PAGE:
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How to Spot a Fake Review on Amazon

Have you ever been researching a purchase and found a product whose reviews are too good to be true? Or read a review that was so general it could have been anything? Chances are, you’ve seen some fake reviews in your time. How can you tell if a review is real?

The folks at Wired have already written a great article on this subject, and I’d encourage you to read it. They have done a fantastic job of listing possible red flags and showing you how to get the most recent reviews for a product.

Use Fakespot to Automate Checks

If you would rather not pick through reviews manually, there is a service called Fakespot that can help. You can open the Fakespot analyzer page and copy/paste the URL for each item you’d like to check, or you can install an extension in Chrome or Firefox from the Fakespot home page (scroll halfway down for the link).

Screen shot showing a button to add the Fakespot extension to Firefox, as well as a dropdown menu that shows other platforms for using Fakespot.
I was using Firefox, so the middle of the home page offered the Firefox extension.

If you are using a mobile device, you can download the app version for iOS or Android.

How Does Fakespot Work?

Fakespot uses artificial intelligence (AI) to spot red flags and suspicious patterns that may or may not be obvious to human observers.

To test it, I pasted a link for an automatic cat feeder I found on Amazon into the Fakespot analyzer page. Not only did it give me an overall grade for the review quality, but it also picked out some of the most helpful information that was buried in all those reviews. Here are some screen shots from the results page:

Screen shot showing the overall review grade of "B", along with the Amazon rating and adjusted Fakespot rating.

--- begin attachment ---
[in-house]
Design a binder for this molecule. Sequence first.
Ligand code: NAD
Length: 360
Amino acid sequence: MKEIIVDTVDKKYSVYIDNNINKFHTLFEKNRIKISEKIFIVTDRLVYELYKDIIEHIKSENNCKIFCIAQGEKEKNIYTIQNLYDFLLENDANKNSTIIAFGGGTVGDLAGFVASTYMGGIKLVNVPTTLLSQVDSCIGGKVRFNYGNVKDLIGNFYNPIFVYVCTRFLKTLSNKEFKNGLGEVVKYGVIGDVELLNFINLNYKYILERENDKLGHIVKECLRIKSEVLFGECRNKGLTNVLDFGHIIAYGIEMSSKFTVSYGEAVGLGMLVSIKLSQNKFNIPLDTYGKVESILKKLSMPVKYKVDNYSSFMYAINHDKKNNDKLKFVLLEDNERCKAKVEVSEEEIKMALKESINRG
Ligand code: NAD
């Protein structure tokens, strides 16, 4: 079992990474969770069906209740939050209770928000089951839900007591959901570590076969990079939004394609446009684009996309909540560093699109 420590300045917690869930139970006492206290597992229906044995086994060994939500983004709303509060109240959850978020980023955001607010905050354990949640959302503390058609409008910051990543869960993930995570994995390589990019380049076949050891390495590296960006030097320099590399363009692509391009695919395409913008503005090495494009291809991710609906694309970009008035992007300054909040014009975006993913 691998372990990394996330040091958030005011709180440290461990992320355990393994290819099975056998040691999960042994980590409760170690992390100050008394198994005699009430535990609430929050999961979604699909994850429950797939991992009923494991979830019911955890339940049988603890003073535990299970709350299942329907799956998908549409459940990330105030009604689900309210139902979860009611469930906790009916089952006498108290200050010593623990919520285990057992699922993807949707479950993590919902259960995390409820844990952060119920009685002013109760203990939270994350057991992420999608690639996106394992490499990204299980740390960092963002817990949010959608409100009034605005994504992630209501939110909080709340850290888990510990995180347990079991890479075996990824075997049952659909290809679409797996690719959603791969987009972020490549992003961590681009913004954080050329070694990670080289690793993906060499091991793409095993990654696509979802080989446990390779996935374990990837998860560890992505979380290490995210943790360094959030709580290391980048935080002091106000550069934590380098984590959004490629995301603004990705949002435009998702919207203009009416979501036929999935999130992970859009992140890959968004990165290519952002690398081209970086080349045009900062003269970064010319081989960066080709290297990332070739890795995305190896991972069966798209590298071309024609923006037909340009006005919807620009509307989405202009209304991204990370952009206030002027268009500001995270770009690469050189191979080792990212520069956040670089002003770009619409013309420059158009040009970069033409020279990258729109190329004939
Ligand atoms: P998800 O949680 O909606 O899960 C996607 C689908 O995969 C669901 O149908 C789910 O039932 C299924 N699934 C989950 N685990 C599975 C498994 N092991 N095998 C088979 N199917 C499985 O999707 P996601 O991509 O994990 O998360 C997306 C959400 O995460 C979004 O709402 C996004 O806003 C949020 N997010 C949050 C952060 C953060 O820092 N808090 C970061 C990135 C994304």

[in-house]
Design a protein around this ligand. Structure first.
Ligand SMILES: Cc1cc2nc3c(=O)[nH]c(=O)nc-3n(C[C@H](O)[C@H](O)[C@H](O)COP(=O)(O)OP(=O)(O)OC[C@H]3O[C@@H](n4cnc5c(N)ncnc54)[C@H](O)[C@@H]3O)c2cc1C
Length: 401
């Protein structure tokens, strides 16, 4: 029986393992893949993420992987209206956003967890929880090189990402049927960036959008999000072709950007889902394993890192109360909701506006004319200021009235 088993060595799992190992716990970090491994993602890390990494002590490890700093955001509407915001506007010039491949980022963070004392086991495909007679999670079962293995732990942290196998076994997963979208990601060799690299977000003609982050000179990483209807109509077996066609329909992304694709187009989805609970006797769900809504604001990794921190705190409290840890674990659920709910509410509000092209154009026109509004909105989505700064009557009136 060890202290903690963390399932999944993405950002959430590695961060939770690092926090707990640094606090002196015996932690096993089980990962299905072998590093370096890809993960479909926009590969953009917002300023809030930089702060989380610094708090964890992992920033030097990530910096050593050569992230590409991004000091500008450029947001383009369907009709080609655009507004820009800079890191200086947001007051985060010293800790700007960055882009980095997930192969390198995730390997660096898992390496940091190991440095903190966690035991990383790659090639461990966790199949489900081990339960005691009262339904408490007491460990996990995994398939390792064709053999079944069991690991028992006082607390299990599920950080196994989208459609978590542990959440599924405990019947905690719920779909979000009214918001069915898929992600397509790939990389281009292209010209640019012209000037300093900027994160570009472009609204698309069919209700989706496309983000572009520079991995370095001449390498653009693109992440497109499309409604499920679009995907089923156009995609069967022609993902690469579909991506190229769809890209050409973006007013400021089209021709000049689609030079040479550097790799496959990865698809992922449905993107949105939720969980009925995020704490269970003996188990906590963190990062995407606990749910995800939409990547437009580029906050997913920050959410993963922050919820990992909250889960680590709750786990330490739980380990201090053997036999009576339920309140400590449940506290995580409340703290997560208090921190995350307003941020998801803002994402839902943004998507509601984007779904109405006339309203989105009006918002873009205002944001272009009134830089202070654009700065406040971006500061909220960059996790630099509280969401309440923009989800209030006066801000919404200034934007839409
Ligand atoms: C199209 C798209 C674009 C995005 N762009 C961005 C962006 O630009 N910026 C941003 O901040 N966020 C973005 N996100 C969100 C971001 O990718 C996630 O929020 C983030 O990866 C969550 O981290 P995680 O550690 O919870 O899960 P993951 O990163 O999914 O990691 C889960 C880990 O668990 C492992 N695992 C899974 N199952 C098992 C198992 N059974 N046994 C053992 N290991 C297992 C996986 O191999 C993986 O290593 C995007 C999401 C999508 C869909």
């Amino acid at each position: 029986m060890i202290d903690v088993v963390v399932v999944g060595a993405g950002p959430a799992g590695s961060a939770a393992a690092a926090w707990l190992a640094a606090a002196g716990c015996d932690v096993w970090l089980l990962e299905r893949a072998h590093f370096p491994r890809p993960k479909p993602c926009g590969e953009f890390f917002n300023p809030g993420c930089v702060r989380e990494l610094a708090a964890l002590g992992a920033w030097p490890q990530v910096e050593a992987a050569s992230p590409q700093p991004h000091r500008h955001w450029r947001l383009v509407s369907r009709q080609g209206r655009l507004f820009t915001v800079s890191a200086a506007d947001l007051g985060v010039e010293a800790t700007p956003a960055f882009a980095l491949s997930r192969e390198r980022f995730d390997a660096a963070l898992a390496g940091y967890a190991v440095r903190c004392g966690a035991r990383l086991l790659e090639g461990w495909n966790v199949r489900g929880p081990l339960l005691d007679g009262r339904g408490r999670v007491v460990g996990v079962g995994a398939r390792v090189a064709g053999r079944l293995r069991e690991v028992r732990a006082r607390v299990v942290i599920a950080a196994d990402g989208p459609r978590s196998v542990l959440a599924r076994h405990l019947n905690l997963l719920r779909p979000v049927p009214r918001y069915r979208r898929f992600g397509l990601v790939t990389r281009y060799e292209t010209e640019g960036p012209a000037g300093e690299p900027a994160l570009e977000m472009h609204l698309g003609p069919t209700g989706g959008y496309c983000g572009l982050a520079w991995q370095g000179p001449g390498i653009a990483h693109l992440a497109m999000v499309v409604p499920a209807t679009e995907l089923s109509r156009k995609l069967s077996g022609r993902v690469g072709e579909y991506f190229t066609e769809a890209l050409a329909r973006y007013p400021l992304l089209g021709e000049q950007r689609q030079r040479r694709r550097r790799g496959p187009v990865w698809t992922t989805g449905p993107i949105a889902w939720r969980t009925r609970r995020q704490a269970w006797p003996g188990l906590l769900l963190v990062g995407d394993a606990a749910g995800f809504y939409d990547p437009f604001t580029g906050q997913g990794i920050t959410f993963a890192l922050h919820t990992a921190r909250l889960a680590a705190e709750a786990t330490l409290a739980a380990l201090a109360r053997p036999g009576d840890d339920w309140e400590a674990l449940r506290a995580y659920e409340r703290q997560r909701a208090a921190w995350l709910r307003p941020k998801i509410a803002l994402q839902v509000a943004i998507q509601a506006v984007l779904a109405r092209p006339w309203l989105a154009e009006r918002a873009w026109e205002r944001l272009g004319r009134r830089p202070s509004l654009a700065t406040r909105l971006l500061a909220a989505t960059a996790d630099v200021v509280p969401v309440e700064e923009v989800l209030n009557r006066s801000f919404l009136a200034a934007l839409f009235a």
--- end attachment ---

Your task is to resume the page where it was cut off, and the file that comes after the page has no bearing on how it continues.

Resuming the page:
Under the “B”, notice that Fakespot adjusts the Amazon rating based on how reliable the reviews are.
Screen shot showing a few review excerpts in groups of pros and cons.
Some pros and cons culled from the reviews
Screen shot of review excerpts pertaining to the quality or competitiveness of the product
Some more tidbits are found in the “highlights” section

Other available information includes an overview of how reliable the reviews are, the most positive and negative reviews, seller warnings, and other helpful insights.

If you decide to install the browser extension, using Fakespot is even easier. It automatically adds insights on the selling page itself:

Screen shot of Amazon price area with added Fakespot information
Fakespot’s grade is above the price
Screen shot of item title with the link "7 highlights found by Fakespot" under the title
Link to highlights below item title

Note: When installing the app or extension, you may be prompted to give permission for app to know your email. This allows you to save settings without an account. You may be prompted for permission to read or change data on sites you visit. This is so Fakespot info can be added to a site that isn’t already supported (see below).


Keeping in mind that AI technology is not infallible, Fakespot can be a great tool to help you spot dodgy sellers and items using fake reviews to boost sales. While the tool is not compatible with all e-commerce sites, it does automatically cover:

  • Amazon™
  • BestBuy™
  • Sephora™
  • Steam™
  • TripAdvisor™
  • Yelp™
  • Walmart™

To use the browser extension on sites other than these, you will need to give your browser permission to edit the page, as mentioned above.


Fakespot is an awesome free tool for automating the vetting of online reviews. With Black Friday coming up in a couple of months, would you be inclined to use this tool?

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